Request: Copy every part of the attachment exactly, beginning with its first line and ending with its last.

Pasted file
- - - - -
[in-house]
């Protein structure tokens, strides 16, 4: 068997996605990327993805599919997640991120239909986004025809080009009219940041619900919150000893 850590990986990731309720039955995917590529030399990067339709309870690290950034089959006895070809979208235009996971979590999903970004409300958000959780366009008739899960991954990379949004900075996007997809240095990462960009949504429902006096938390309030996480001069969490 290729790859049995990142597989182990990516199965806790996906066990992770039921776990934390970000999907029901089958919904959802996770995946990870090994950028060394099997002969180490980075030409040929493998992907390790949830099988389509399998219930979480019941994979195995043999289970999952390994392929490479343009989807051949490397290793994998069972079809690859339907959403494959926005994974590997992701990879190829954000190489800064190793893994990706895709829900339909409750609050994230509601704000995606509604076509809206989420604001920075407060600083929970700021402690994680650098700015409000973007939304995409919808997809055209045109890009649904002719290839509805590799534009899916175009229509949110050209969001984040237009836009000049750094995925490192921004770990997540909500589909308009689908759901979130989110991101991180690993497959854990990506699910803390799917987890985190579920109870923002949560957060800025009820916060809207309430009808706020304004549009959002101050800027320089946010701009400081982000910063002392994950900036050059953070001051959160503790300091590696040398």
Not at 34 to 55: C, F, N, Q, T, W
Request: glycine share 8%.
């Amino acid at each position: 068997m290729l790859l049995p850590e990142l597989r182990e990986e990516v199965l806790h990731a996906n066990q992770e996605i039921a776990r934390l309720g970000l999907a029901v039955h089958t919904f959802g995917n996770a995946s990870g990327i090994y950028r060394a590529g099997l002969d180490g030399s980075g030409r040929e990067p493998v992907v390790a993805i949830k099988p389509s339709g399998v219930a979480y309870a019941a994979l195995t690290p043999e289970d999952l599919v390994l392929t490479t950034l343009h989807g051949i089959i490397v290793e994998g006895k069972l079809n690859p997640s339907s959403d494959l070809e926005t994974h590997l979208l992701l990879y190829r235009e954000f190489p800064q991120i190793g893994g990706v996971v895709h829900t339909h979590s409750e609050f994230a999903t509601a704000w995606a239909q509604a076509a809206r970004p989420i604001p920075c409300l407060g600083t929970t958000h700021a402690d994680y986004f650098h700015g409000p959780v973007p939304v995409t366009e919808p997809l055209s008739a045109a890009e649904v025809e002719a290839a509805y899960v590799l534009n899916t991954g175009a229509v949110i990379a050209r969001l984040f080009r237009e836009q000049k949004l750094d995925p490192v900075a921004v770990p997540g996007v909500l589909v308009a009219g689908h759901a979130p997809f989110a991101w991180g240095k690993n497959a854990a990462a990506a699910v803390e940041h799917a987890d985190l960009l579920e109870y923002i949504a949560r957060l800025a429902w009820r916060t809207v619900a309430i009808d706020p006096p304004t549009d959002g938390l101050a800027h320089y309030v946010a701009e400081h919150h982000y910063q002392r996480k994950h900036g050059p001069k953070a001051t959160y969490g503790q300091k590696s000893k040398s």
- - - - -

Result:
[in-house]
């Protein structure tokens, strides 16, 4: 068997996605990327993805599919997640991120239909986004025809080009009219940041619900919150000893 850590990986990731309720039955995917590529030399990067339709309870690290950034089959006895070809979208235009996971979590999903970004409300958000959780366009008739899960991954990379949004900075996007997809240095990462960009949504429902006096938390309030996480001069969490 290729790859049995990142597989182990990516199965806790996906066990992770039921776990934390970000999907029901089958919904959802996770995946990870090994950028060394099997002969180490980075030409040929493998992907390790949830099988389509399998219930979480019941994979195995043999289970999952390994392929490479343009989807051949490397290793994998069972079809690859339907959403494959926005994974590997992701990879190829954000190489800064190793893994990706895709829900339909409750609050994230509601704000995606509604076509809206989420604001920075407060600083929970700021402690994680650098700015409000973007939304995409919808997809055209045109890009649904002719290839509805590799534009899916175009229509949110050209969001984040237009836009000049750094995925490192921004770990997540909500589909308009689908759901979130989110991101991180690993497959854990990506699910803390799917987890985190579920109870923002949560957060800025009820916060809207309430009808706020304004549009959002101050800027320089946010701009400081982000910063002392994950900036050059953070001051959160503790300091590696040398």
Not at 34 to 55: C, F, N, Q, T, W
Request: glycine share 8%.
């Amino acid at each position: 068997m290729l790859l049995p850590e990142l597989r182990e990986e990516v199965l806790h990731a996906n066990q992770e996605i039921a776990r934390l309720g970000l999907a029901v039955h089958t919904f959802g995917n996770a995946s990870g990327i090994y950028r060394a590529g099997l002969d180490g030399s980075g030409r040929e990067p493998v992907v390790a993805i949830k099988p389509s339709g399998v219930a979480y309870a019941a994979l195995t690290p043999e289970d999952l599919v390994l392929t490479t950034l343009h989807g051949i089959i490397v290793e994998g006895k069972l079809n690859p997640s339907s959403d494959l070809e926005t994974h590997l979208l992701l990879y190829r235009e954000f190489p800064q991120i190793g893994g990706v996971v895709h829900t339909h979590s409750e609050f994230a999903t509601a704000w995606a239909q509604a076509a809206r970004p989420i604001p920075c409300l407060g600083t929970t958000h700021a402690d994680y986004f650098h700015g409000p959780v973007p939304v995409t366009e919808p997809l055209s008739a045109a890009e649904v025809e002719a290839a509805y899960v590799l534009n899916t991954g175009a229509v949110i990379a050209r969001l984040f080009r237009e836009q000049k949004l750094d995925p490192v900075a921004v770990p997540g996007v909500l589909v308009a009219g689908h759901a979130p997809f989110a991101w991180g240095k690993n497959a854990a990462a990506a699910v803390e940041h799917a987890d985190l960009l579920e109870y923002i949504a949560r957060l800025a429902w009820r916060t809207v619900a309430i009808d706020p006096p304004t549009d959002g938390l101050a800027h320089y309030v946010a701009e400081h919150h982000y910063q002392r996480k994950h900036g050059p001069k953070a001051t959160y969490g503790q300091k590696s000893k040398s």